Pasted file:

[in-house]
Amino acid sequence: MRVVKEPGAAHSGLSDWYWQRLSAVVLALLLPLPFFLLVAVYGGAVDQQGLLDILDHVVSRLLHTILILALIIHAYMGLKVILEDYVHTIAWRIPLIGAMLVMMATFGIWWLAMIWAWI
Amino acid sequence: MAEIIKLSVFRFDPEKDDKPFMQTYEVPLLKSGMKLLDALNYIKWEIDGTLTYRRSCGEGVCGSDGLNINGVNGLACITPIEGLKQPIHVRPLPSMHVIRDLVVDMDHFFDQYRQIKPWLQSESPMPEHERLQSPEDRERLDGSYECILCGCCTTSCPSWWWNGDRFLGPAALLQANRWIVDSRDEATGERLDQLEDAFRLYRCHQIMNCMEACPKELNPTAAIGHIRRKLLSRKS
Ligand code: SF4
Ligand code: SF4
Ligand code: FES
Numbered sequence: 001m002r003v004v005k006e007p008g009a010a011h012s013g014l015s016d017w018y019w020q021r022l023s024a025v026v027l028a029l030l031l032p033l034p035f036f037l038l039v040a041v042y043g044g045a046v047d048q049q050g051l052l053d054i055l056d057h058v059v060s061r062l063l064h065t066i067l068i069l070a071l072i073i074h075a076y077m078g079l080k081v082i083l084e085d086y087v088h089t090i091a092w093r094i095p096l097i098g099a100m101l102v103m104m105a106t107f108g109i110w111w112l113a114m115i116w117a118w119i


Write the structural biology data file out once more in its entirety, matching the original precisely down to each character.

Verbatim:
[in-house]
Amino acid sequence: MRVVKEPGAAHSGLSDWYWQRLSAVVLALLLPLPFFLLVAVYGGAVDQQGLLDILDHVVSRLLHTILILALIIHAYMGLKVILEDYVHTIAWRIPLIGAMLVMMATFGIWWLAMIWAWI
Amino acid sequence: MAEIIKLSVFRFDPEKDDKPFMQTYEVPLLKSGMKLLDALNYIKWEIDGTLTYRRSCGEGVCGSDGLNINGVNGLACITPIEGLKQPIHVRPLPSMHVIRDLVVDMDHFFDQYRQIKPWLQSESPMPEHERLQSPEDRERLDGSYECILCGCCTTSCPSWWWNGDRFLGPAALLQANRWIVDSRDEATGERLDQLEDAFRLYRCHQIMNCMEACPKELNPTAAIGHIRRKLLSRKS
Ligand code: SF4
Ligand code: SF4
Ligand code: FES
Numbered sequence: 001m002r003v004v005k006e007p008g009a010a011h012s013g014l015s016d017w018y019w020q021r022l023s024a025v026v027l028a029l030l031l032p033l034p035f036f037l038l039v040a041v042y043g044g045a046v047d048q049q050g051l052l053d054i055l056d057h058v059v060s061r062l063l064h065t066i067l068i069l070a071l072i073i074h075a076y077m078g079l080k081v082i083l084e085d086y087v088h089t090i091a092w093r094i095p096l097i098g099a100m101l102v103m104m105a106t107f108g109i110w111w112l113a114m115i116w117a118w119i